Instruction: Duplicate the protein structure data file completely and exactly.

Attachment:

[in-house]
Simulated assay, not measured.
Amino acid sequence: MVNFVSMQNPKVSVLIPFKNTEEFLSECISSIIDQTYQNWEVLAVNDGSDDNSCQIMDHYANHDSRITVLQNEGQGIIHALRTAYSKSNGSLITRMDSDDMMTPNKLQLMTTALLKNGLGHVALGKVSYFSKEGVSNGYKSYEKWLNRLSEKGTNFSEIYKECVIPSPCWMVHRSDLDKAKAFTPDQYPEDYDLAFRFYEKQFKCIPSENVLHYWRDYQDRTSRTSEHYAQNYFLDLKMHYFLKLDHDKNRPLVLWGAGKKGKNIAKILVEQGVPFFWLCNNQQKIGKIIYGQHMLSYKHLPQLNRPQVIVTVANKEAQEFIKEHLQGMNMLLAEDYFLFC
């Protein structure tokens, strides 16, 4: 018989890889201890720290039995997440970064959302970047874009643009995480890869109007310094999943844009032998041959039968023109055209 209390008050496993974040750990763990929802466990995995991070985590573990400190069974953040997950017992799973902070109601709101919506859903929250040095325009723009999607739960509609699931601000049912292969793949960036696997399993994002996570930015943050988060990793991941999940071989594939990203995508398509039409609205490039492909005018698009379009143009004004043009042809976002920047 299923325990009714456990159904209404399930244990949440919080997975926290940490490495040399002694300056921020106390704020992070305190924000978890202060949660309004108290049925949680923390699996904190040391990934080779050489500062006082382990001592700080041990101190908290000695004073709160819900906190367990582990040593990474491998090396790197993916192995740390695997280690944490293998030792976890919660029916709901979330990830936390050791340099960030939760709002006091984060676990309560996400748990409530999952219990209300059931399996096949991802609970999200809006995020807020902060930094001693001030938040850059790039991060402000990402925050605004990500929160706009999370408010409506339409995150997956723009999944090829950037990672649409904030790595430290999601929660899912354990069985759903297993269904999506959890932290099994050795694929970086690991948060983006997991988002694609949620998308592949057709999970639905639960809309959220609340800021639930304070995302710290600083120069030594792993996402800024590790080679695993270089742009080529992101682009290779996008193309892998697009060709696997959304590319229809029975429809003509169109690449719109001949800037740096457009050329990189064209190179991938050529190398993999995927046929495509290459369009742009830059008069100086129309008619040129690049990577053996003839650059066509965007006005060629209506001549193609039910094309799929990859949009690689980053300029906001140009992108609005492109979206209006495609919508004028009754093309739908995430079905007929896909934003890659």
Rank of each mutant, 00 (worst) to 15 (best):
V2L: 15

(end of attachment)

[in-house]
Simulated assay, not measured.
Amino acid sequence: MVNFVSMQNPKVSVLIPFKNTEEFLSECISSIIDQTYQNWEVLAVNDGSDDNSCQIMDHYANHDSRITVLQNEGQGIIHALRTAYSKSNGSLITRMDSDDMMTPNKLQLMTTALLKNGLGHVALGKVSYFSKEGVSNGYKSYEKWLNRLSEKGTNFSEIYKECVIPSPCWMVHRSDLDKAKAFTPDQYPEDYDLAFRFYEKQFKCIPSENVLHYWRDYQDRTSRTSEHYAQNYFLDLKMHYFLKLDHDKNRPLVLWGAGKKGKNIAKILVEQGVPFFWLCNNQQKIGKIIYGQHMLSYKHLPQLNRPQVIVTVANKEAQEFIKEHLQGMNMLLAEDYFLFC
């Protein structure tokens, strides 16, 4: 018989890889201890720290039995997440970064959302970047874009643009995480890869109007310094999943844009032998041959039968023109055209 209390008050496993974040750990763990929802466990995995991070985590573990400190069974953040997950017992799973902070109601709101919506859903929250040095325009723009999607739960509609699931601000049912292969793949960036696997399993994002996570930015943050988060990793991941999940071989594939990203995508398509039409609205490039492909005018698009379009143009004004043009042809976002920047 299923325990009714456990159904209404399930244990949440919080997975926290940490490495040399002694300056921020106390704020992070305190924000978890202060949660309004108290049925949680923390699996904190040391990934080779050489500062006082382990001592700080041990101190908290000695004073709160819900906190367990582990040593990474491998090396790197993916192995740390695997280690944490293998030792976890919660029916709901979330990830936390050791340099960030939760709002006091984060676990309560996400748990409530999952219990209300059931399996096949991802609970999200809006995020807020902060930094001693001030938040850059790039991060402000990402925050605004990500929160706009999370408010409506339409995150997956723009999944090829950037990672649409904030790595430290999601929660899912354990069985759903297993269904999506959890932290099994050795694929970086690991948060983006997991988002694609949620998308592949057709999970639905639960809309959220609340800021639930304070995302710290600083120069030594792993996402800024590790080679695993270089742009080529992101682009290779996008193309892998697009060709696997959304590319229809029975429809003509169109690449719109001949800037740096457009050329990189064209190179991938050529190398993999995927046929495509290459369009742009830059008069100086129309008619040129690049990577053996003839650059066509965007006005060629209506001549193609039910094309799929990859949009690689980053300029906001140009992108609005492109979206209006495609919508004028009754093309739908995430079905007929896909934003890659």
Rank of each mutant, 00 (worst) to 15 (best):
V2L: 15